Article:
When Colin McRae won the 1995 title

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Anthony Peacock recalls Colin McRae’s brilliant Rally GB win of 1995, a drive worthy of any world title

In terms of Rally Great Britain’s special moments, it doesn’t get much more special than Colin McRae winning the 1995 world title, becoming the youngest-ever World Rally champion, (aged 27) and the first-ever British world rally champion.

As he drove his Subaru Impreza onto the finish ramp he was preceded by a bagpiper, who would go on to accompany him on many other rallies all around the world in the future, forming perhaps the most unusual item ever seen on any packing checklist (passport? Tick. Money? Tick. Bagpiper? Tick).

Even now, a rally friend comments that he can’t listen to the sound of bagpipes without thinking of Colin and that extraordinary day in Chester: November 22, 1995, to be precise.

From his debut on the World Rally Championship two years earlier it was clear that Colin was a very special talent but undoubtedly a raw one, which quickly earned him the nickname of ‘McCrash’.

With time, the inconsistencies were ironed out and McRae became simply the most exciting rally driver in the world. To a generation of people, the archetypal rally driver, thanks to the fame of the Colin McRae Rally computer game.

But back in 1995, that was years away. Colin arrived at his home rally that season to the backdrop of a bitter feud with his team-mate Carlos Sainz. This had culminated in Subaru’s management stepping into the road in front of McRae on the previous round in Spain in an attempt to make him slow down and let his team-mate win, as had been previously agreed (according to Sainz and the management, at least).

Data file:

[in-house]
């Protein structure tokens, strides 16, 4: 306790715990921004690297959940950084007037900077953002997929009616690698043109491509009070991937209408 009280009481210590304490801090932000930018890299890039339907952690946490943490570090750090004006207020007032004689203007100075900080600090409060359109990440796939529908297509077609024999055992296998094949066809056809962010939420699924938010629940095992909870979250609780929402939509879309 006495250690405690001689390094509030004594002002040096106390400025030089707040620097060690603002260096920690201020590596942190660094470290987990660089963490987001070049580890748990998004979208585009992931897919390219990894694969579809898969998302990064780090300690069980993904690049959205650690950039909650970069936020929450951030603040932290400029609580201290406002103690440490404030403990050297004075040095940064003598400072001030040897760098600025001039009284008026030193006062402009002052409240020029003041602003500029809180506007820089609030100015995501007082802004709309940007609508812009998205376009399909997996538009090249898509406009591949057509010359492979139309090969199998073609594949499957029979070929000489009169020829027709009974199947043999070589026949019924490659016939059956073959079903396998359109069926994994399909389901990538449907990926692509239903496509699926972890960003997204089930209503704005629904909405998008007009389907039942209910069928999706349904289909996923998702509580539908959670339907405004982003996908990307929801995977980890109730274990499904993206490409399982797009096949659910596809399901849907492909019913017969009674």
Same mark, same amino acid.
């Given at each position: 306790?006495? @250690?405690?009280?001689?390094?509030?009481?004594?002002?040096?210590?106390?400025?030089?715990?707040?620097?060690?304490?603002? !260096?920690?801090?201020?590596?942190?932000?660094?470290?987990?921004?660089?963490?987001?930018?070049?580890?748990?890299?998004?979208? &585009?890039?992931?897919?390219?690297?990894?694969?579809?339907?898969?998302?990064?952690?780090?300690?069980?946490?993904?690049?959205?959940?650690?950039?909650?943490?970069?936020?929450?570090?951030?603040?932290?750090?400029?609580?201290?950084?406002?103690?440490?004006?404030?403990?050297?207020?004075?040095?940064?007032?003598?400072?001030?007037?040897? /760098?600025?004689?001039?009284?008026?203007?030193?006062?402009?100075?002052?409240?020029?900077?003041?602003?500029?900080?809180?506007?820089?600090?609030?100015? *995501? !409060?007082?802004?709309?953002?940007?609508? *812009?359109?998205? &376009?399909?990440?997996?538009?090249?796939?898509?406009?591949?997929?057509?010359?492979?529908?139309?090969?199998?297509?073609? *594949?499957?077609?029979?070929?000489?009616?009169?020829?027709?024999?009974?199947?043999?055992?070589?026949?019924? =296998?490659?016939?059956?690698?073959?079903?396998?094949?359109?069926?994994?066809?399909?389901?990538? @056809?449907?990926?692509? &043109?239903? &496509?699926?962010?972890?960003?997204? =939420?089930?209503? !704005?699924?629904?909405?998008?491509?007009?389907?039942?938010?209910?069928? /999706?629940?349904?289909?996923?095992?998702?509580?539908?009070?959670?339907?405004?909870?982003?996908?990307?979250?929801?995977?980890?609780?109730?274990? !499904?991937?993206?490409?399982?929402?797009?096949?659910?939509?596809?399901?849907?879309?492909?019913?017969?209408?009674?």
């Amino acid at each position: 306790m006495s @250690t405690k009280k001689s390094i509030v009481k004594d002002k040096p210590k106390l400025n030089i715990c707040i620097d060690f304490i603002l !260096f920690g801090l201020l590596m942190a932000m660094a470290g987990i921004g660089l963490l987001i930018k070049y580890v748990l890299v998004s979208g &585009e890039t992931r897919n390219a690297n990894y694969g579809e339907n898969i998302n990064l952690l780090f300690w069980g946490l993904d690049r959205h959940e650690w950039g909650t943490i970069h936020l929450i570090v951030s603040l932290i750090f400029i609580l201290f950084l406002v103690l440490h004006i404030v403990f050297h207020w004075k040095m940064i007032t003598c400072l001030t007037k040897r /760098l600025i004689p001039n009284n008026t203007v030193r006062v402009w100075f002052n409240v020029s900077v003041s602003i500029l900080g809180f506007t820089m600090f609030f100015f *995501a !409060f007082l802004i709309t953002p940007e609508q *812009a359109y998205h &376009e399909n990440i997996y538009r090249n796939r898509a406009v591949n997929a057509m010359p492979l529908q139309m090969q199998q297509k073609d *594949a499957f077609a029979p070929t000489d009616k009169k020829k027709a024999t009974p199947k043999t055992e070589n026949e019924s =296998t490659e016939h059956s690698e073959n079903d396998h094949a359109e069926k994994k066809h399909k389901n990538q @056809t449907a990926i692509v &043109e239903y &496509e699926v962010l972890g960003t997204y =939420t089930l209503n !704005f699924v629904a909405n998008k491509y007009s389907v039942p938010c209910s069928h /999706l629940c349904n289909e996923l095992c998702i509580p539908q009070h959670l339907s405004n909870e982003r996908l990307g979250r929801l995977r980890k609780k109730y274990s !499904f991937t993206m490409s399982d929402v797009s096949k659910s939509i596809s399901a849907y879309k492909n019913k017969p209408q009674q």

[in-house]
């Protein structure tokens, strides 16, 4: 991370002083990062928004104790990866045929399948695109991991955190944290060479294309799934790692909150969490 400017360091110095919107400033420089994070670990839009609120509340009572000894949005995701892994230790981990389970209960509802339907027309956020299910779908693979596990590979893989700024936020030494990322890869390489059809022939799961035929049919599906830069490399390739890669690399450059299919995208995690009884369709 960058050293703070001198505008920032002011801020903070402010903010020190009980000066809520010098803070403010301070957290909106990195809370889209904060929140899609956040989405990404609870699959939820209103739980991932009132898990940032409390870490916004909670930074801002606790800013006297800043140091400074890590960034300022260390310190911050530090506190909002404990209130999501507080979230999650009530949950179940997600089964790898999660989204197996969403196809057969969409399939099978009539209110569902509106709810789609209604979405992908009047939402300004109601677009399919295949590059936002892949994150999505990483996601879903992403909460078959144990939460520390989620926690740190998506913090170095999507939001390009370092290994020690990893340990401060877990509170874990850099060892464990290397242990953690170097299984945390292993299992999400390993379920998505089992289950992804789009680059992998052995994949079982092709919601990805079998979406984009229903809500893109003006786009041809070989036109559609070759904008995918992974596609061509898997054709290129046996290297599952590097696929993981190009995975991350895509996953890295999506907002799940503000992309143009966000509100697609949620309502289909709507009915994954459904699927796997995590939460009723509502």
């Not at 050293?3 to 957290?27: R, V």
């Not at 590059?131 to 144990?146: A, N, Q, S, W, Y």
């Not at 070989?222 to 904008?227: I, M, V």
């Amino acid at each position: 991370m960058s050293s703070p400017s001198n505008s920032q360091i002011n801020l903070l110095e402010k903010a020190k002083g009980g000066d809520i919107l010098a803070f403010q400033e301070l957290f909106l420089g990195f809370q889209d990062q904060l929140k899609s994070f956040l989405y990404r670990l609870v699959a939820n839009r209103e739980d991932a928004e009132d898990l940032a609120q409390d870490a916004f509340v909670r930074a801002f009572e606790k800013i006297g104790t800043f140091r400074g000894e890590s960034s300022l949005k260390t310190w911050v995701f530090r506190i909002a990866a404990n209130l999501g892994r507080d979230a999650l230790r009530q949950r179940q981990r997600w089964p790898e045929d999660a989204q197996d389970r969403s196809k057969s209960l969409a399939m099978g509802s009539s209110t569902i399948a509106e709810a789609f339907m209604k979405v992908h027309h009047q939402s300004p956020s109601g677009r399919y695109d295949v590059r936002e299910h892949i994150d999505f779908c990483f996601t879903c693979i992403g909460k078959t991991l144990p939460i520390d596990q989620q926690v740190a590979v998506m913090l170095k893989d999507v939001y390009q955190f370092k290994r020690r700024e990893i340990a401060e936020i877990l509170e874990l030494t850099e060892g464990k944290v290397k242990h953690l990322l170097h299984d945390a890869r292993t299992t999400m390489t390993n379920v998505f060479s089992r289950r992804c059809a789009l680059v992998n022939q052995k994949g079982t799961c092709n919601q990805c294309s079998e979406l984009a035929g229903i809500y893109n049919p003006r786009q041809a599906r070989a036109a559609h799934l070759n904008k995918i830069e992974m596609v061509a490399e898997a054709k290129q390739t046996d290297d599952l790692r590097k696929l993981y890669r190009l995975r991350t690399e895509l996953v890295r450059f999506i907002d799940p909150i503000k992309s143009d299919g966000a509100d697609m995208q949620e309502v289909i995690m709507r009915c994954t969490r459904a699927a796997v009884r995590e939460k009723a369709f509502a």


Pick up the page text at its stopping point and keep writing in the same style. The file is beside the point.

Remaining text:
So Colin was still at the red end of the Richter scale when the cars drove off the start ramp for the Network Q Rally GB in Chester. By forcing the issue in Spain – because McRae ultimately agreed to take a time penalty after winning the rally on the road – Sainz may have inadvertently sounded the death knell on his championship hopes.

The Catalunya Rally – in Sainz’s back yard – would have been only McRae’s second win of the season (although he had amassed a solid run of podiums) and it could have given him a 10-point advantage heading into the final round.

Instead the Subaru team-mates started the rally equal on points, so it was winner takes all: just as the Japanese management (and headline-writers) had wanted. Sainz had already won Rally Great Britain twice though, McRae once – so experience should have been just on the Spaniard’s side.

McRae set off only just on the right side of crazy: he was straight into the lead, but on the Monday morning (the second day of the four-day event) he picked up a puncture in the 36-mile Pundershaw stage and dropped a minute to Sainz.

The time lost seemed almost insurmountable, but over the next three days there was no stopping the flying Scot – who truly had a date with destiny.